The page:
Abandoned and orphaned children are been given a home, love and a chance to fulfil their potential thanks to the efforts of North-East fundraisers.
Keith Johnson, the chairman of leading estate agents JW Wood, is about to embark on an eight day trip to Uganda to oversee the completion of a house and home for eight children whose lives have been blighted by poverty.
Some of the children, aged three to seven, have been abandoned by their parents, others are orphans.
But all of them are now lucky enough to be brought up as brothers and sisters after being helped by the Kwagala Trust, backed by trustees mainly from County Durham.
Tens of thousands of children live in abject poverty in Uganda, where life expectancy is as low as 50, almost half the population earn less than £40 a month and AIDS is rife.
With the help of JW Wood and Elvet Methodist Church, Durham, the charity is managing to build a compound, 20 miles north of Kampala, offering a nurturing, loving environment in which the children can flourish.
Keith said: “My sister Christine is a trustee and asked my wife’s church if it would fundraise to build a house.
“I went to check it out and once I got there I was hooked. Conditions are difficult. There is only cold water and very little electricity; it’s very basic. But when you see the children’s happy, smiling faces it more than makes up for this.”
Most of JW Wood’s staff contribute donations from their monthly salaries towards the initiative.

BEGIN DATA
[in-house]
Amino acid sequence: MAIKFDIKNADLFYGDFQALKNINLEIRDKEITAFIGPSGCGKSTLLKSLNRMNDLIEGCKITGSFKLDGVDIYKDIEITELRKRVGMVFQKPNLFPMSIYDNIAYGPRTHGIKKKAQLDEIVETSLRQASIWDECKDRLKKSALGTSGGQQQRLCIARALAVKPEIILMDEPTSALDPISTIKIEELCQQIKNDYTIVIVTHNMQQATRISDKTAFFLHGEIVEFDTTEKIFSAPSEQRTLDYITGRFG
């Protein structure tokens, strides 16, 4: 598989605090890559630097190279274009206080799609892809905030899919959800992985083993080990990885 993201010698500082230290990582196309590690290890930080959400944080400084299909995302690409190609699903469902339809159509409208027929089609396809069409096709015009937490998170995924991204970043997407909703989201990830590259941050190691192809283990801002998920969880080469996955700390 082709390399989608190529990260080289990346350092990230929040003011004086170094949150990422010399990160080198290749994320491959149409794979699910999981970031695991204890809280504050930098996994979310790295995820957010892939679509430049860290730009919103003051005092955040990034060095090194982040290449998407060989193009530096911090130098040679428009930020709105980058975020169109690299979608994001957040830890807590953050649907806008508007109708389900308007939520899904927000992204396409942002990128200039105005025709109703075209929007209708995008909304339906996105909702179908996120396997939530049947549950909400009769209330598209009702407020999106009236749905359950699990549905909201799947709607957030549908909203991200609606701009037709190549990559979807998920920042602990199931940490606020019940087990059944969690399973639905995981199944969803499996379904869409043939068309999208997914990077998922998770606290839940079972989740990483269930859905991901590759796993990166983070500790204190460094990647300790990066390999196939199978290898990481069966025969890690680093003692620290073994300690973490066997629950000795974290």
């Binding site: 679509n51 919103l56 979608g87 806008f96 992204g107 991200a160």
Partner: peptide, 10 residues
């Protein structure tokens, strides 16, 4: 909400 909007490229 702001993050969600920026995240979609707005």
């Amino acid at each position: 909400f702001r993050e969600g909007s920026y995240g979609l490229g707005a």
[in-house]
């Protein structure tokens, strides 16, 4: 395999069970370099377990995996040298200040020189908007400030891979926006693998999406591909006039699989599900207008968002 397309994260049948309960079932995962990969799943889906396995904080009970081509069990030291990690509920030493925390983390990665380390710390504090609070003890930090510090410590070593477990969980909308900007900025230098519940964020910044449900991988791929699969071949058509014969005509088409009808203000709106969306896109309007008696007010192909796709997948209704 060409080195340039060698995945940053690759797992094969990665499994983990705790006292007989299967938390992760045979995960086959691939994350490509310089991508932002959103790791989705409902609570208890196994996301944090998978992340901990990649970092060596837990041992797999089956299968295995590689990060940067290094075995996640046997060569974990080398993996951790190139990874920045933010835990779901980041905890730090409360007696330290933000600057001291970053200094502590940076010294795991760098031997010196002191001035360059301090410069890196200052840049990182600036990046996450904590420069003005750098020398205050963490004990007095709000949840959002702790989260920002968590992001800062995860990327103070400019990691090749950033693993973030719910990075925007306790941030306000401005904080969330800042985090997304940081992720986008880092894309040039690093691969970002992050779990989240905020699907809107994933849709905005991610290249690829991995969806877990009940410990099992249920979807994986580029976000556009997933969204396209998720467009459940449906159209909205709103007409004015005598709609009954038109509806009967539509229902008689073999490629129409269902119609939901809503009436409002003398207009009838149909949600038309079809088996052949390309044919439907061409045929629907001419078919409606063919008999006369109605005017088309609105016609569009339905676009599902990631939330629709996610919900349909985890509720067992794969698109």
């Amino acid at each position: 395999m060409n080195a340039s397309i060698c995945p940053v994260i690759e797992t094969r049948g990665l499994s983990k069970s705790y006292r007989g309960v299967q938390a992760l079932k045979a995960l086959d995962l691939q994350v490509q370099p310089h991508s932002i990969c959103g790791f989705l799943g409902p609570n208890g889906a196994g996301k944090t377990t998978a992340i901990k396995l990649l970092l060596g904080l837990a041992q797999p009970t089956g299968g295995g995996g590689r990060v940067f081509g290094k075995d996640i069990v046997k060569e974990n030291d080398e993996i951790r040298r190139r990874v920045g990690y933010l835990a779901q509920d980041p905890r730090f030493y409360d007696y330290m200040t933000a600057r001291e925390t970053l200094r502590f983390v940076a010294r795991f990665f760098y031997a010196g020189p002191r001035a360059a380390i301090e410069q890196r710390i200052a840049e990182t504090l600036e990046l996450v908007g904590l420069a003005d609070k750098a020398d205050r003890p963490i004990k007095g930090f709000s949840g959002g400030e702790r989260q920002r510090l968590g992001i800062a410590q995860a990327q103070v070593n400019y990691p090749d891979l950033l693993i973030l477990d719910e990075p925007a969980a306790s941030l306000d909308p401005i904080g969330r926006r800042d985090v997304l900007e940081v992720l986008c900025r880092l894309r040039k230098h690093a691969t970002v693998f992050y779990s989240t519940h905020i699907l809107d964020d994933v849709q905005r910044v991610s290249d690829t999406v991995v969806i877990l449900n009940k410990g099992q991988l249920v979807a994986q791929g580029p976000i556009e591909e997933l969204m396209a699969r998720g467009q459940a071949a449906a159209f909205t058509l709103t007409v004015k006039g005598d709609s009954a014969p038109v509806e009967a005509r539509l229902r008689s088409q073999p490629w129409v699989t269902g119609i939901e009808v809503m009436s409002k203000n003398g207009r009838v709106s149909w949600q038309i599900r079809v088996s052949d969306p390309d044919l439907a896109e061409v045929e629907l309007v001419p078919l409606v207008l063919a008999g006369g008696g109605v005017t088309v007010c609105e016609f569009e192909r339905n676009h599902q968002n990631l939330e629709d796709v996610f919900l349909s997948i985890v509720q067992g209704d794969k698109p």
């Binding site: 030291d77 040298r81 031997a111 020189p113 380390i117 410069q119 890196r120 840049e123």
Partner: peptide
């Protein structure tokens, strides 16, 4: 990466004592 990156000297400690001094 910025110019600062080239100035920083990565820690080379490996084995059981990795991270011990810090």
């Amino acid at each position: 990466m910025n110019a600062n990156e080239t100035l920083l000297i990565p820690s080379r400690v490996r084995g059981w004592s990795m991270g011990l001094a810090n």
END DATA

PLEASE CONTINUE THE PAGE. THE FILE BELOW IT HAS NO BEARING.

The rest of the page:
The estate agency also bought the land while Elvet Methodist Church contributed £25,000. JW Wood is a member of the Home Sales Network which also donated £15,000 and the scheme is backed by the Rotary Clubs of Durham, Frank and Sue Curry, of Poplar Tree Nursery at Shincliffe and the owners of the Pavilion Cantonese Restaurant at Iveston, near Consett, along with many individuals in the area.
Another £20,000 is still needed to complete the compound to pay for roads and fencing.
The trust is run by Esther Zziwa, who was herself abandoned as a child. “She was brought up in an orphanage which provided her shelter but no love,” said Keith. “Her idea is to create a family unit which is so much more than simply a roof over their heads; they will be loved and cherished and will be able to fulfil their potential.”
Launched four years ago the charity is also well along the road to self sufficiency by growing its own food, rearing chickens and goats and having an in-house teacher.
Keith and his son Richard are packing a host of goodies to take for the children including clothes, educational materials and shoes.
“We will also be overseeing the finishing touches to the home,” said Keith. “We are really excited about the trip and seeing how far they have come on. We can’t change the lives of the thousands of children living in poverty but we can help these eight.”
Esther, a former member of the African Children’s Choir, will visit County Durham in June on a three week fundraising trip.